Great art makes a statement. It goes beyond the page itself. In the case of music, it goes beyond the notes that are written and says something applicable to the world around it. By this standard, Ravel’s Sonata for Violin and Piano measures quite highly. Whether Ravel intended this or not (and he may well have not), his work carries a strong sense of French national pride. It is decidedly anti-German, and makes allusions to sources that Germany would consider to be below art music. In this way, Ravel brings French people and traditions, as well as those of the United States, together in a unique way that emphasizes French solidarity and excellence.
 Maurice Brilliant, “Les Oeuvres et les Hommes, ” Le Correspondant. No. 1555, July 10, 1927: 774. Though Myers lists this as a “public” performance (Rollo H. Myers, Ravel: Life and Works (1960): 76), there are no announcements of the concert to be found in the major newspapers. Thus, I am inferring that the performance, while public, was mostly by invitation.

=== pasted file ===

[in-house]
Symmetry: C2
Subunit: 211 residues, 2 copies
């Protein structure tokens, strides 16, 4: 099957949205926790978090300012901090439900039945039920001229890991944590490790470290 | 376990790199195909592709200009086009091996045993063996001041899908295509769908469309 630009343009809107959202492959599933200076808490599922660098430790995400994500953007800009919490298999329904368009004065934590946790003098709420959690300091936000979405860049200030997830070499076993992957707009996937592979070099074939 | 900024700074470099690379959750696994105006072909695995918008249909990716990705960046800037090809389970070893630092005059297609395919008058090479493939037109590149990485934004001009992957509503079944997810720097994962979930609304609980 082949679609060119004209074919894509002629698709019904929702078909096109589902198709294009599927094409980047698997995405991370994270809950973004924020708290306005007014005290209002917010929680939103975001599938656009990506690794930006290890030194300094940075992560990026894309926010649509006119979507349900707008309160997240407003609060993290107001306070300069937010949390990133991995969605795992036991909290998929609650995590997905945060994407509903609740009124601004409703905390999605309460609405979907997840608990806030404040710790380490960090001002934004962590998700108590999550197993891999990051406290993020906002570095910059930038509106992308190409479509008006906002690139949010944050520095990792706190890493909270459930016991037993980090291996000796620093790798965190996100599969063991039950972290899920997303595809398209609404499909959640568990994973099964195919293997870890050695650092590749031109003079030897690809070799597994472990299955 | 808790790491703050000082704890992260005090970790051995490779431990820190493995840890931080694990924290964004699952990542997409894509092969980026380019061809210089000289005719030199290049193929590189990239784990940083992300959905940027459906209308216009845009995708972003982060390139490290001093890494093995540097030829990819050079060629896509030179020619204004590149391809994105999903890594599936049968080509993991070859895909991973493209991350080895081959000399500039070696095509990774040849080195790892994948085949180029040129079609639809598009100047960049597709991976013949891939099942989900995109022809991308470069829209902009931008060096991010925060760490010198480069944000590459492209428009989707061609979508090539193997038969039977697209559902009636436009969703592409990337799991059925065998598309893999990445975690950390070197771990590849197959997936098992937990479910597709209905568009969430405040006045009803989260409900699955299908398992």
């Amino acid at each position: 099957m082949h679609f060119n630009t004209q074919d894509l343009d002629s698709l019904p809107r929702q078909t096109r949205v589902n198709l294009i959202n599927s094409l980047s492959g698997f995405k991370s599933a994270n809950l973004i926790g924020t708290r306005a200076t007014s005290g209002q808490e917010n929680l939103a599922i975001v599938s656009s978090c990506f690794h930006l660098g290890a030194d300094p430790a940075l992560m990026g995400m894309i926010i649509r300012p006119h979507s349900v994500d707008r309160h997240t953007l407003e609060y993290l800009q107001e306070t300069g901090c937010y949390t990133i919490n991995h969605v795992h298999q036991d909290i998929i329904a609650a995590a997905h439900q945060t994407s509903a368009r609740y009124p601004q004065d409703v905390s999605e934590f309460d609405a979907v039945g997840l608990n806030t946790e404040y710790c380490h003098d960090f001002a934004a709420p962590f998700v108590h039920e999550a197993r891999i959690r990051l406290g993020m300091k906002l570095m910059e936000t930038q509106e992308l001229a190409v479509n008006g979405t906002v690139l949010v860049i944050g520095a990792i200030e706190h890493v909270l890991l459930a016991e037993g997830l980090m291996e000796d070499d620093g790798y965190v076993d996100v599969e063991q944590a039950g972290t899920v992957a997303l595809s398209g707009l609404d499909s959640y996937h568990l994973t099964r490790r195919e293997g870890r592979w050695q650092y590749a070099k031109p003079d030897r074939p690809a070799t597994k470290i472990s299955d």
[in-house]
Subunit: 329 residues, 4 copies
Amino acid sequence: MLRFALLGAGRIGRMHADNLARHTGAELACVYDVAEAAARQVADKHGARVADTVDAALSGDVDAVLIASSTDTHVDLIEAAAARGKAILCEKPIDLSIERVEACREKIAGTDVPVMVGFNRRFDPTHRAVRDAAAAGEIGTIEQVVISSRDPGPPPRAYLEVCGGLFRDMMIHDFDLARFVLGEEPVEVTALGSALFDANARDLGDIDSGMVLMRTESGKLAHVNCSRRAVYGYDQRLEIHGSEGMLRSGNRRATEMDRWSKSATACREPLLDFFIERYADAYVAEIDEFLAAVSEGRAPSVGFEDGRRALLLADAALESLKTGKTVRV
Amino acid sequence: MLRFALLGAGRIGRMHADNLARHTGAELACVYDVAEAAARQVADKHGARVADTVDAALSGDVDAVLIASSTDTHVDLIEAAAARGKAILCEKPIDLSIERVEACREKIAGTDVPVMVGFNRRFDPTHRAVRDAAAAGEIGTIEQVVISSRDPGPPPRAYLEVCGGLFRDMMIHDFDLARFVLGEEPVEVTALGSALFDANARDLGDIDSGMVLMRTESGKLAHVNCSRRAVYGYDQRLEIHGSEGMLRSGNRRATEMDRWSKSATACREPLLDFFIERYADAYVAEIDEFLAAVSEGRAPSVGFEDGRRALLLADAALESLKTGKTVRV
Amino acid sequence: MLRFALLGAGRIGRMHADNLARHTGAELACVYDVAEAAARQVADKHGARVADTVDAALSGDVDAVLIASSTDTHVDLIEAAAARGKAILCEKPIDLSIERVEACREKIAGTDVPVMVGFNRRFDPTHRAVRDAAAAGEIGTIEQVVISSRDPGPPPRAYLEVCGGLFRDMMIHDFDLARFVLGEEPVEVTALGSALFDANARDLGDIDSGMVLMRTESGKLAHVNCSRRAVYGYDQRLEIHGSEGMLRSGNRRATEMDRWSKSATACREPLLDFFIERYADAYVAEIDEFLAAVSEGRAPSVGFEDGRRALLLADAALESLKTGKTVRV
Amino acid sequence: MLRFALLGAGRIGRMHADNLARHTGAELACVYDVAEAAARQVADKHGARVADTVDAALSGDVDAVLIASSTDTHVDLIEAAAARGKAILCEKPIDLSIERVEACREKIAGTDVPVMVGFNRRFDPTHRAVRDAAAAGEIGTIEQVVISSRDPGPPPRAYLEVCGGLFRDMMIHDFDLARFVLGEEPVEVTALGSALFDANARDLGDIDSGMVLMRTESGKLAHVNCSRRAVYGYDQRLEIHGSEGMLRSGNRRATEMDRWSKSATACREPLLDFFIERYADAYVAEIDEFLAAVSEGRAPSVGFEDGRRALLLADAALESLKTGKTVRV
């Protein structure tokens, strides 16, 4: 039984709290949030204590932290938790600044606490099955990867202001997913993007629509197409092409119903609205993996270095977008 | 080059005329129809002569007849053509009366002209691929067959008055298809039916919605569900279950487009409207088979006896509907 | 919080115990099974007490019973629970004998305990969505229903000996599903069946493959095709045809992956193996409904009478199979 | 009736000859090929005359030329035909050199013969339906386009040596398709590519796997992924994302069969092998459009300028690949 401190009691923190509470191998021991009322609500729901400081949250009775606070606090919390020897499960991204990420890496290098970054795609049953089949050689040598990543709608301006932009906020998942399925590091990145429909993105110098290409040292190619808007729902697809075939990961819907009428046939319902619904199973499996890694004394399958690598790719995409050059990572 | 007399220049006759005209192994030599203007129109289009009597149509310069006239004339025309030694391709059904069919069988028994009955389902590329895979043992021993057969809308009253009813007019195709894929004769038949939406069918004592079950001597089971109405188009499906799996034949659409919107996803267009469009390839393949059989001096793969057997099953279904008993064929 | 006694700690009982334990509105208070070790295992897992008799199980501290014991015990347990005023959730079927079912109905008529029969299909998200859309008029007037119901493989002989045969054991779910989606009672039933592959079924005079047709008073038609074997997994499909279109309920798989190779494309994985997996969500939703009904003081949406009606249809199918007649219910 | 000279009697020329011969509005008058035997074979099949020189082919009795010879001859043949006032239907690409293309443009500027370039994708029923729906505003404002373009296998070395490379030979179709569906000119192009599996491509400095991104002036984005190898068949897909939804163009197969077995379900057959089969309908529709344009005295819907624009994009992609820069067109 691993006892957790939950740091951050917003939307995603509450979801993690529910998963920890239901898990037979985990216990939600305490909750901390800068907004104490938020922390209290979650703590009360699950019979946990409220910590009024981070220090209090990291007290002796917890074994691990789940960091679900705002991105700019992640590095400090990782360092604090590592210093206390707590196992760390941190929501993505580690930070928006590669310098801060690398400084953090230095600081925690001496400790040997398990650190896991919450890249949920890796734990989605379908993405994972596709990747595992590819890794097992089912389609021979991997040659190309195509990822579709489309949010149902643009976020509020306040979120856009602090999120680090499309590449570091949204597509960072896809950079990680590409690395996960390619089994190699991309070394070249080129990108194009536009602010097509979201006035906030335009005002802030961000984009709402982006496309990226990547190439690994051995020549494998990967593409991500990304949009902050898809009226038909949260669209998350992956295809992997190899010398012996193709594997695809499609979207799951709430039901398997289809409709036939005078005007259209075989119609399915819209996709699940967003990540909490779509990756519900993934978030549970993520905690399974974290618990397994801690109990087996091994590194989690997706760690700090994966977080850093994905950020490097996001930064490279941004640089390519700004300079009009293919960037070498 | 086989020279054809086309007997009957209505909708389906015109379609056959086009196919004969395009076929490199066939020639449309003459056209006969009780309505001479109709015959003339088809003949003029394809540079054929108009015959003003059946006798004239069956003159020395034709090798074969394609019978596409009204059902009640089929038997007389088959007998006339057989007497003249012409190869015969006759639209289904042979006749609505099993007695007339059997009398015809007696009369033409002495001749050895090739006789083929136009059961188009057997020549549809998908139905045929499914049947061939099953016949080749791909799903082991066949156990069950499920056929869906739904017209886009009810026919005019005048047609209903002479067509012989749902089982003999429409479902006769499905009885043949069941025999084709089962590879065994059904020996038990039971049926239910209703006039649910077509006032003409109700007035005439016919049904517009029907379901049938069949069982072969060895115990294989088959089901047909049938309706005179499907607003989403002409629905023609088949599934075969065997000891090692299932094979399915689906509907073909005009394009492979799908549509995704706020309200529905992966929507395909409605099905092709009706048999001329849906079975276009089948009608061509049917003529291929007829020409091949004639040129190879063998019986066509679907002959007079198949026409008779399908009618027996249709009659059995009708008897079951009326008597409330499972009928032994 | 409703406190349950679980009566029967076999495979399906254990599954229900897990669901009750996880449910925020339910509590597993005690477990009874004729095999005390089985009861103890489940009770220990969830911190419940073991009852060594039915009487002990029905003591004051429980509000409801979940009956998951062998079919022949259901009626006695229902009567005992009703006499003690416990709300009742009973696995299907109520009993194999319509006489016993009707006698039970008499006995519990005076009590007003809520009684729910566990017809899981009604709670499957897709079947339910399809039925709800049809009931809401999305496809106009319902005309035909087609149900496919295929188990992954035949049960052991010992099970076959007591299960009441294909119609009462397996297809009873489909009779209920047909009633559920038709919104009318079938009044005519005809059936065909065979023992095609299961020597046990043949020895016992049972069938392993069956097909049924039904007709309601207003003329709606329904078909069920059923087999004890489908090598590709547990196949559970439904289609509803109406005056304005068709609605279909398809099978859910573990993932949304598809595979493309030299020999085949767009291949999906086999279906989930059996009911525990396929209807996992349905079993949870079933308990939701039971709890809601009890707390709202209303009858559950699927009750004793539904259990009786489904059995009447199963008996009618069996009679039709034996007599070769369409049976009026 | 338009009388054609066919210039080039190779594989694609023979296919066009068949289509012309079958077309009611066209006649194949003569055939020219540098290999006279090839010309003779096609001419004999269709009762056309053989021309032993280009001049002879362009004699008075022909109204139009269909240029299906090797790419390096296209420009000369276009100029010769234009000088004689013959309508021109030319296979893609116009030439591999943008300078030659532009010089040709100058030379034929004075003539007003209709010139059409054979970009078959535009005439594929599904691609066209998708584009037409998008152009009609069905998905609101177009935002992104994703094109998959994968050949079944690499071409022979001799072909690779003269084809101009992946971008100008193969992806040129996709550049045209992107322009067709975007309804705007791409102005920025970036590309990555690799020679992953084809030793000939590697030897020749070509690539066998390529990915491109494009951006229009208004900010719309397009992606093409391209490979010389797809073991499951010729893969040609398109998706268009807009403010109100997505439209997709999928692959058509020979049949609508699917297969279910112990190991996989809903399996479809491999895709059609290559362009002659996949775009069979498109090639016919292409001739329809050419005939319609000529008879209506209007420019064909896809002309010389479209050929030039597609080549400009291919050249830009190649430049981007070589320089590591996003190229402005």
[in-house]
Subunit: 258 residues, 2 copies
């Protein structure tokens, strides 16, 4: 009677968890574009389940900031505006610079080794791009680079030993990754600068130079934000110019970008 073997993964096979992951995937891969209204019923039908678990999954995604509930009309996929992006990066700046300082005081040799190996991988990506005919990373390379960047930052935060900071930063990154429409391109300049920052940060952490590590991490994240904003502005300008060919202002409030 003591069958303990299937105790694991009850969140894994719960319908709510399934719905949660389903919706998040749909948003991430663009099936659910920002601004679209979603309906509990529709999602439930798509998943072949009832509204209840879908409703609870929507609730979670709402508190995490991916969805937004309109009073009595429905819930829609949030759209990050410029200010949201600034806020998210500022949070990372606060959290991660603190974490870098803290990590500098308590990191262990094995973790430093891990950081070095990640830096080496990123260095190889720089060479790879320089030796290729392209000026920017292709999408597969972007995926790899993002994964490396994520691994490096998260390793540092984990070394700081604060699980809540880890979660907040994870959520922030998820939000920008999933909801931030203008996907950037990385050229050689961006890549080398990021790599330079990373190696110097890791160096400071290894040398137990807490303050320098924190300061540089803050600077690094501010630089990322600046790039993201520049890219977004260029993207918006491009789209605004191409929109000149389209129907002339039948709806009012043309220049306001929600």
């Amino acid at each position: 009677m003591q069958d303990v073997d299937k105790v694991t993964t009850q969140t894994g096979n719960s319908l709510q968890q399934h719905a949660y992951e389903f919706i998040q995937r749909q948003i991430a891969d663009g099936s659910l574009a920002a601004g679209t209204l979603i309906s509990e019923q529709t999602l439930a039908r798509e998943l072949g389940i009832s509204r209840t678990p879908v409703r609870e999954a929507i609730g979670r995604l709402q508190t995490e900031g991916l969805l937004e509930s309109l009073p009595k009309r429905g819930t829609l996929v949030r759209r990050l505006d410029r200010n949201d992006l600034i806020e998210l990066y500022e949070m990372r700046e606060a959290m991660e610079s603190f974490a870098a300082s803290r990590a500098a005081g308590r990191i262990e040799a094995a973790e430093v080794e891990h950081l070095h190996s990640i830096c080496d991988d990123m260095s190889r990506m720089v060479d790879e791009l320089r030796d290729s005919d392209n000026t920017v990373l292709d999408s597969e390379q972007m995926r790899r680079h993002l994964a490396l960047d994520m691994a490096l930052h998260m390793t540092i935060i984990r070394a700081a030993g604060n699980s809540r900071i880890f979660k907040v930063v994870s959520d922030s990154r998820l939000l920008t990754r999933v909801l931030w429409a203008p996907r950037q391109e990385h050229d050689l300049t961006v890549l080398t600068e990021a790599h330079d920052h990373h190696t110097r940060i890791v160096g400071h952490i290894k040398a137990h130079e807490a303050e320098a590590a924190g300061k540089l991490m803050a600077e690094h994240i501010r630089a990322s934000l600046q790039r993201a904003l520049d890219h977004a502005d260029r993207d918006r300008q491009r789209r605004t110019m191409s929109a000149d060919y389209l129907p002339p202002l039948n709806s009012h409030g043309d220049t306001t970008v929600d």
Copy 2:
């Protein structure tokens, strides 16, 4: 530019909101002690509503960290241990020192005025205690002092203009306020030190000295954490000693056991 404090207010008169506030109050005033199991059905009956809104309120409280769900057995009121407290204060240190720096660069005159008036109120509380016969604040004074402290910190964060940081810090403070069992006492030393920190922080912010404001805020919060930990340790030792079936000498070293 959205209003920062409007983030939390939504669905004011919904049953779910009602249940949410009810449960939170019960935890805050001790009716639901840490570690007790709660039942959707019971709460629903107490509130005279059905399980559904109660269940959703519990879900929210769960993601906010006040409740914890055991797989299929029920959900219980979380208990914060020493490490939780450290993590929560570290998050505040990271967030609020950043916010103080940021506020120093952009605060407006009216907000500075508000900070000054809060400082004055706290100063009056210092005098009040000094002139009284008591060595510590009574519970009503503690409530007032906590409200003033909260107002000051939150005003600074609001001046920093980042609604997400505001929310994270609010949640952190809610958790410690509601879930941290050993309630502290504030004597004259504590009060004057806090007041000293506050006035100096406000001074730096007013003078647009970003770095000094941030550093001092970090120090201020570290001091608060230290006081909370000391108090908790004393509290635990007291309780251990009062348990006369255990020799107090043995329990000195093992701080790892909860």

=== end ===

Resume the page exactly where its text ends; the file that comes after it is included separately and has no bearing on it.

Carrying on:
Benjamin Ivry, Maurice Ravel: A Life (New York, NY: Welcome Rain Publishers LLC, 2000), 141.
 Roger Nichols, The Master Musicians: Ravel (London: Aldine Press, 1977), 133
 Ivry 142
 Figaro : Journal Non Politique. May 30, 1924: 4.
 Le Gaulois : Litteraire et Politique. No 18134, May 30, 1927: 4.
 Darius Milhaud, “The Evolution of Modern Music in Paris and in Vienna,” The North American Review 217, no. 809 (April 1923), 546.
 Nichols 131
 Rollo H. Myers, Ravel: Life and Works (1960): 75
 Nichols 133
 Maurice Ravel, “Take Jazz Seriously!” Musical Digest (March 1928, 13(3):49 and 51. Reprinted: Arbie Orenstein, A Ravel Reader: Correspondence, Articles, Interviews (New York: Columbia University Press, 1990): 390
 Gerald Larner, Maurice Ravel (London: Phaidon Press Limited, 1996): 195
 Larner 169
 Ivry 142. In reality, for this fictional reviewer to have known about this concert would have been anachronistic.
 Milhaud 546